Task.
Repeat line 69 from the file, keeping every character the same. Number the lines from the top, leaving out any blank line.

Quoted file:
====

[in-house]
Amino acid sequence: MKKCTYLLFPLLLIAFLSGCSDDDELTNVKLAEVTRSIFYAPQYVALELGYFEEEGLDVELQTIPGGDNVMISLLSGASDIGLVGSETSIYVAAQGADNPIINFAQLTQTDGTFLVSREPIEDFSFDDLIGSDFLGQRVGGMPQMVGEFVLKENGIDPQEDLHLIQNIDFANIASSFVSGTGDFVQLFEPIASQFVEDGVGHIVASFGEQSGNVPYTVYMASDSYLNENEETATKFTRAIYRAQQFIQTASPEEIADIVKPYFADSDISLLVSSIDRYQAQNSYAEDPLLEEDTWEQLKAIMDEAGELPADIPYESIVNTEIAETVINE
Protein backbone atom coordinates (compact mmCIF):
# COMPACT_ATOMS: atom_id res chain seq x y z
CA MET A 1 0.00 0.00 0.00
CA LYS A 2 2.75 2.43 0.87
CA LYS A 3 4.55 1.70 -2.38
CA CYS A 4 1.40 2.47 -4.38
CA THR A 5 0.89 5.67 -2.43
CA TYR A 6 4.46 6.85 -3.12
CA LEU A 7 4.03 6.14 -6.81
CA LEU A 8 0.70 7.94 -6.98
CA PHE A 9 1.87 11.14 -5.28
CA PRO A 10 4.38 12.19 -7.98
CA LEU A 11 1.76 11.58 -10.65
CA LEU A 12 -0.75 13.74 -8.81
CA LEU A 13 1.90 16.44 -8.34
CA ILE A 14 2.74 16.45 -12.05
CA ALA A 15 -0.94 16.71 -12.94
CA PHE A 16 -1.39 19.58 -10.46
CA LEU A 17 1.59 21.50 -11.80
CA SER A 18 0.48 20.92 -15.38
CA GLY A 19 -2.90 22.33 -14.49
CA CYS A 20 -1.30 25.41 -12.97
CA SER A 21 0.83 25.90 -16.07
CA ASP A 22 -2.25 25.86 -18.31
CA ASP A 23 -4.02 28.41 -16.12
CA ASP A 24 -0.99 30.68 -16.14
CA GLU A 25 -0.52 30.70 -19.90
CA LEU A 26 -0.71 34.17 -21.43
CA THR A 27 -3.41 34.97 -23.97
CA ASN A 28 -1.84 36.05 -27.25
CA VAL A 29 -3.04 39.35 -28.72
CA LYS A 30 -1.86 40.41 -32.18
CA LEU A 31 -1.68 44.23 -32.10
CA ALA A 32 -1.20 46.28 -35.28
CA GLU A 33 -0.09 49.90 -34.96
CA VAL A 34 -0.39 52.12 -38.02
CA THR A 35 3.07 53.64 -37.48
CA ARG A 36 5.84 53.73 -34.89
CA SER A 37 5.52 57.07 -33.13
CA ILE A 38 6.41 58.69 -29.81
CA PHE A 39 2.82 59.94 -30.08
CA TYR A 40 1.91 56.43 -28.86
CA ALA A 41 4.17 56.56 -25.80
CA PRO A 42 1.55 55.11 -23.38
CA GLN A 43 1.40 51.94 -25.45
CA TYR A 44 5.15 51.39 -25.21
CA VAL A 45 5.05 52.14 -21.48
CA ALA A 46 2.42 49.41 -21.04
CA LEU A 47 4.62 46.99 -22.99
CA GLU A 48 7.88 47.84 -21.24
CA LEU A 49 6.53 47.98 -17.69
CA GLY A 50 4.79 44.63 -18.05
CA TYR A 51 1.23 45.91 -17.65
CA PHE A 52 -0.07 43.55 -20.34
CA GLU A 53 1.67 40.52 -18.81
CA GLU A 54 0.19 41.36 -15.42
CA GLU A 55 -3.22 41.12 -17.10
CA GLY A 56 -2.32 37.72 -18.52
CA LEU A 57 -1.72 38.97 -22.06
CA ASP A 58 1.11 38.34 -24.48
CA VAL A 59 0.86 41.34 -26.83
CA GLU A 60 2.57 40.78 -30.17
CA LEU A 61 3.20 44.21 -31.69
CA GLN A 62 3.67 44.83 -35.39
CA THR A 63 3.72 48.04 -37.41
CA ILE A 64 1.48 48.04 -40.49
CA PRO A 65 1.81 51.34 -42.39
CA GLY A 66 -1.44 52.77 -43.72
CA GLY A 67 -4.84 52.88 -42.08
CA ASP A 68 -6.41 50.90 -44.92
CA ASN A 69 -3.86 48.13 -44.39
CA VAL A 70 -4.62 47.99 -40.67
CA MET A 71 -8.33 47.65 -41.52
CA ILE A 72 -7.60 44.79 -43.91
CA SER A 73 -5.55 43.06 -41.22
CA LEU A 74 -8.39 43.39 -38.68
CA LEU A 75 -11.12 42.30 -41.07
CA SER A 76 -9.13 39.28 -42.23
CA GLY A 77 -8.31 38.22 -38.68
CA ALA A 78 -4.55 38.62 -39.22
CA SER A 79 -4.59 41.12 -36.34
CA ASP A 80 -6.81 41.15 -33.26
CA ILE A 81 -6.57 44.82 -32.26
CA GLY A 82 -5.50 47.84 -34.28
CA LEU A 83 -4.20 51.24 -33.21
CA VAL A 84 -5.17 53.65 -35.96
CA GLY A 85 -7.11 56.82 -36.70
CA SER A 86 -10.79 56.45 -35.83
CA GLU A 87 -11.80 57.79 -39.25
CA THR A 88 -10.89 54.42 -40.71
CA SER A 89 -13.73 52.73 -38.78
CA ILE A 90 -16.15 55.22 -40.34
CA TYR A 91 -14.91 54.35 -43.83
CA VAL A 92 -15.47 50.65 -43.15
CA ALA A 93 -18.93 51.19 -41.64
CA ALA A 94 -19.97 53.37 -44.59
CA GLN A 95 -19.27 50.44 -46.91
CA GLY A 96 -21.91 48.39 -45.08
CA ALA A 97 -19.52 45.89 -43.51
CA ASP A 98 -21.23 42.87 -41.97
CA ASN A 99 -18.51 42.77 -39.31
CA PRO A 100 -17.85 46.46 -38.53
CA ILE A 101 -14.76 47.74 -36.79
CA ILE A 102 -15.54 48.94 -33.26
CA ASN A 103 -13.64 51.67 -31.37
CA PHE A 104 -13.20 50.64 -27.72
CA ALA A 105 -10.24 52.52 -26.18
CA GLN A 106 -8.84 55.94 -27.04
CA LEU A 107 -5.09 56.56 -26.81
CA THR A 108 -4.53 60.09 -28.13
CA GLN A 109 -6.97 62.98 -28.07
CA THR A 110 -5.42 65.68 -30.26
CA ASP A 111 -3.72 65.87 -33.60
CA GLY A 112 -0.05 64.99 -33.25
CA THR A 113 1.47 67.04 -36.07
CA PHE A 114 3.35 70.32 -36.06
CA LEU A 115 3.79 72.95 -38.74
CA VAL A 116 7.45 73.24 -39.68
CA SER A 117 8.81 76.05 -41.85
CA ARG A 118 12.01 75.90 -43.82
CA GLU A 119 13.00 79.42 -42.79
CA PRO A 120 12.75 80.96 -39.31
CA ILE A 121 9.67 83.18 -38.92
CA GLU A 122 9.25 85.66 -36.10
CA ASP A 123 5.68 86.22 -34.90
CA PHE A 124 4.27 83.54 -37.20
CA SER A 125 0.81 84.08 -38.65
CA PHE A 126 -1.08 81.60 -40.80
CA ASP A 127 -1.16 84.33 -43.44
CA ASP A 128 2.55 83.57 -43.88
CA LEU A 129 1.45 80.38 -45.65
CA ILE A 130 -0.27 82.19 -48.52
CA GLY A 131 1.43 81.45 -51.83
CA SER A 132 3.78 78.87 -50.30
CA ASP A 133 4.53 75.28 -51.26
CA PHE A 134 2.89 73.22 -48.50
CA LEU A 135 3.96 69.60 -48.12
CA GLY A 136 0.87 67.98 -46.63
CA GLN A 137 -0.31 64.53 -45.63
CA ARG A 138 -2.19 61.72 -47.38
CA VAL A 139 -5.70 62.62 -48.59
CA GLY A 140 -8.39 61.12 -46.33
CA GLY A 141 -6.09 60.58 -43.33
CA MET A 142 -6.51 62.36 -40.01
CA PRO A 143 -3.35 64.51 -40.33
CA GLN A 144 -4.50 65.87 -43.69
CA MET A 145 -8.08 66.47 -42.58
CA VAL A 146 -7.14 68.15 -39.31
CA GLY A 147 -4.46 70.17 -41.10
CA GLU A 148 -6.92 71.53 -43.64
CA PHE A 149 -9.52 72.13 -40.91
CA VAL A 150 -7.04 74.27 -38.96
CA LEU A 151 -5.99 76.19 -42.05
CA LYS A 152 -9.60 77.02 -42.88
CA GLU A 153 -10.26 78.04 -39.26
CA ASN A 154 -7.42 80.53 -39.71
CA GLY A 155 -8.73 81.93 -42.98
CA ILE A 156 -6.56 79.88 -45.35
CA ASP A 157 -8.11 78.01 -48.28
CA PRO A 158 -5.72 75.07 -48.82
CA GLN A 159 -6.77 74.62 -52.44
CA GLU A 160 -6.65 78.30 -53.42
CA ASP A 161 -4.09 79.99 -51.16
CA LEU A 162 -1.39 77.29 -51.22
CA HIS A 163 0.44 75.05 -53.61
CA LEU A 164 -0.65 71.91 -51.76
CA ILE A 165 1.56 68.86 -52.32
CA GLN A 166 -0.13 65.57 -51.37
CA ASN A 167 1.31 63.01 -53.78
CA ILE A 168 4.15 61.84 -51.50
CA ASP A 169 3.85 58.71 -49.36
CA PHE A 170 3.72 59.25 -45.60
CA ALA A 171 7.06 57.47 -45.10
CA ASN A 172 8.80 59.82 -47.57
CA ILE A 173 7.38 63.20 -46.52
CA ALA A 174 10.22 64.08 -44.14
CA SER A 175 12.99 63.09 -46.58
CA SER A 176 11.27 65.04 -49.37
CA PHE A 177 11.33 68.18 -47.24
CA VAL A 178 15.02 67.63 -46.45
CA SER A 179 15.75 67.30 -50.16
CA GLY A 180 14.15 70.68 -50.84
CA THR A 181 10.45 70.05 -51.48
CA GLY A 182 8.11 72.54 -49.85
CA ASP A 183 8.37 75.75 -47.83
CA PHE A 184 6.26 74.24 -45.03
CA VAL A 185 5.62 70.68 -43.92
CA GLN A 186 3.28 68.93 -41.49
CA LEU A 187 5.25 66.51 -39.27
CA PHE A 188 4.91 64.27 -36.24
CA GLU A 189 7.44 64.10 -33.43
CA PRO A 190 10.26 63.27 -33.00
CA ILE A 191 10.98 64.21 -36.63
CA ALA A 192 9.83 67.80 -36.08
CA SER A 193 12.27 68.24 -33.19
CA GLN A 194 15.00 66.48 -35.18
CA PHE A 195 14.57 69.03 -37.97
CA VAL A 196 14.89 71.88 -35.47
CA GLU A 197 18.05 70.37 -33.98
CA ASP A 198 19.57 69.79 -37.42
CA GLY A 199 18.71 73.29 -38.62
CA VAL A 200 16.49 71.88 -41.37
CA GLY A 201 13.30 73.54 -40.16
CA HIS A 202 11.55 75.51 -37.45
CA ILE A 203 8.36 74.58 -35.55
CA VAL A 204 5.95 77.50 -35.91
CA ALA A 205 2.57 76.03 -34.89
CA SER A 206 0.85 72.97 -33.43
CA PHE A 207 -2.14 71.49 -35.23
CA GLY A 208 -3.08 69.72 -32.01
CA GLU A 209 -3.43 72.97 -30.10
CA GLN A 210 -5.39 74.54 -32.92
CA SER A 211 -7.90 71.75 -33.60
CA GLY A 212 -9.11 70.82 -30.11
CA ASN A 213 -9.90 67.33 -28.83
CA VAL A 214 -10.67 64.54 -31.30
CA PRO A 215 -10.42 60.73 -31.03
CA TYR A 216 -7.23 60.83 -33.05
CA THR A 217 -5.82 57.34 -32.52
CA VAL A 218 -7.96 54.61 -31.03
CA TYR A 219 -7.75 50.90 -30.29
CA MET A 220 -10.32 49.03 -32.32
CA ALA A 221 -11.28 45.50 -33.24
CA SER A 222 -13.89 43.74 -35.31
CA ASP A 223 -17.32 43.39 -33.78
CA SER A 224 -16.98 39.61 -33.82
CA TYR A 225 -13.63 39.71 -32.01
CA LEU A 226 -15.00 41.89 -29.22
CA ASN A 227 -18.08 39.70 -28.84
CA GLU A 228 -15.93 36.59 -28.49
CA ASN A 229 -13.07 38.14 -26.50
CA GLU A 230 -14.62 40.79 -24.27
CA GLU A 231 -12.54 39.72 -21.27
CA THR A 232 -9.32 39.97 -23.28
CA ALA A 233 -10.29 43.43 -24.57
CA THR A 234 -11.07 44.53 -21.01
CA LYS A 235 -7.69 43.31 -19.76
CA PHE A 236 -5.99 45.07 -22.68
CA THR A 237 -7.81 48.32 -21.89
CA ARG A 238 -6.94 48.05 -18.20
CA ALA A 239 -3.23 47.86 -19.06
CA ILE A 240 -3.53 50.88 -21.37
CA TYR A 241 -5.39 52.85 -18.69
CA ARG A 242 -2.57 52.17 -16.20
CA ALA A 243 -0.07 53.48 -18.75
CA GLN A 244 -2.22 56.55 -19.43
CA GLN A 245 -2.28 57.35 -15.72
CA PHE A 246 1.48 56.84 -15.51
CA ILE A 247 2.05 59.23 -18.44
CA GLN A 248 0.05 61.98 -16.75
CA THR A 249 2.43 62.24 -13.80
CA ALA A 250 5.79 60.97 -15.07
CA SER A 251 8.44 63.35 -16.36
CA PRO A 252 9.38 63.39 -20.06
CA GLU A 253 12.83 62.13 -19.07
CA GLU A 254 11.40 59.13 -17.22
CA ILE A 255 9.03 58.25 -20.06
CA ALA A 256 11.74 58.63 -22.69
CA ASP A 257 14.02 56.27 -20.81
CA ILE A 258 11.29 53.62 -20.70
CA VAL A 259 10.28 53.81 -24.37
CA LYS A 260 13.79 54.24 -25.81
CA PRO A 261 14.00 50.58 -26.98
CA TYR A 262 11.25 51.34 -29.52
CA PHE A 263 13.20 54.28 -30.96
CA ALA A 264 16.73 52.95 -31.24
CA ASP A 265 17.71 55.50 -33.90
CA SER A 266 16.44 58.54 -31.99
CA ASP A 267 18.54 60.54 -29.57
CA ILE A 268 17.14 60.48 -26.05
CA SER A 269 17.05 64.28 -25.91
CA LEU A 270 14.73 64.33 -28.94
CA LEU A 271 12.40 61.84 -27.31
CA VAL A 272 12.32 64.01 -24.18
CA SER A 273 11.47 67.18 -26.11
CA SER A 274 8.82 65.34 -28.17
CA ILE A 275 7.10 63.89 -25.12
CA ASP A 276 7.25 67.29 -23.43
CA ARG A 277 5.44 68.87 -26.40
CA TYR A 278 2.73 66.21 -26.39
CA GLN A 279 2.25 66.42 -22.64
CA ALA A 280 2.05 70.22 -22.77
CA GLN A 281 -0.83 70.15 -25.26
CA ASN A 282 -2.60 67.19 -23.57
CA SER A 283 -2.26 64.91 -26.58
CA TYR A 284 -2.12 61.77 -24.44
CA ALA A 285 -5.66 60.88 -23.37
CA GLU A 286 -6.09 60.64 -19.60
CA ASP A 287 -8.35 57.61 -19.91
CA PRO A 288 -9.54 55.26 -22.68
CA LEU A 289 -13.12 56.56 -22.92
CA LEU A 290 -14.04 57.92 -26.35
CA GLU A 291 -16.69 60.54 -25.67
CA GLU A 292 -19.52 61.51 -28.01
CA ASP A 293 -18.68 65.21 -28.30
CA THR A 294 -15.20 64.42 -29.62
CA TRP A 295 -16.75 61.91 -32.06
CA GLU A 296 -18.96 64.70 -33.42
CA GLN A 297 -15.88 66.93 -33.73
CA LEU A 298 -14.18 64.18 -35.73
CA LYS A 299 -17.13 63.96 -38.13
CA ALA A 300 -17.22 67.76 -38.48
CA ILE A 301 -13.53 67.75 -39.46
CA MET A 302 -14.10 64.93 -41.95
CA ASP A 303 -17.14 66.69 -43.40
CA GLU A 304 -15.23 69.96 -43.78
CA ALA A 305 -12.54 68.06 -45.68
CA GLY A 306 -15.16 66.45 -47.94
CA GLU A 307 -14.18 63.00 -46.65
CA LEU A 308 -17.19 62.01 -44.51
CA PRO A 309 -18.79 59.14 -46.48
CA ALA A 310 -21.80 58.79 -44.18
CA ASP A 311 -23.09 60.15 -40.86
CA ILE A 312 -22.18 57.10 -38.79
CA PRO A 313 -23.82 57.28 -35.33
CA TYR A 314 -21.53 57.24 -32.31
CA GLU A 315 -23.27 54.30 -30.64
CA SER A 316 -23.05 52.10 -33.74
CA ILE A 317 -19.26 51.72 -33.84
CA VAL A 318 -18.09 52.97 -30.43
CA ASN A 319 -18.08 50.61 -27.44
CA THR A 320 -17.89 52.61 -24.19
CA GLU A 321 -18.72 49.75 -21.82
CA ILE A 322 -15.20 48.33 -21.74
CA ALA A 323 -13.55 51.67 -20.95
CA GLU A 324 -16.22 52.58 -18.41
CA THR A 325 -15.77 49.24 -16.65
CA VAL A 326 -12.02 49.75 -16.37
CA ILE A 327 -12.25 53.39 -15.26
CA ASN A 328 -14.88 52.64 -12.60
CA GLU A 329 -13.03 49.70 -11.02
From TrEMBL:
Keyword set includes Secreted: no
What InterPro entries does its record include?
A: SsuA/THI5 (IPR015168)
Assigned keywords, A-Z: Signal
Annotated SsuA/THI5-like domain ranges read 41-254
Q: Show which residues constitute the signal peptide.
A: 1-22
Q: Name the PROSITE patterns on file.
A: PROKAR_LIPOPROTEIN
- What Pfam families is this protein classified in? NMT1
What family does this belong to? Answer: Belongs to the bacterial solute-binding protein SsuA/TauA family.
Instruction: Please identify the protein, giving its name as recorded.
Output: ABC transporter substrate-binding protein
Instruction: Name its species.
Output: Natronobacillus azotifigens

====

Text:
CA PRO A 65 1.81 51.34 -42.39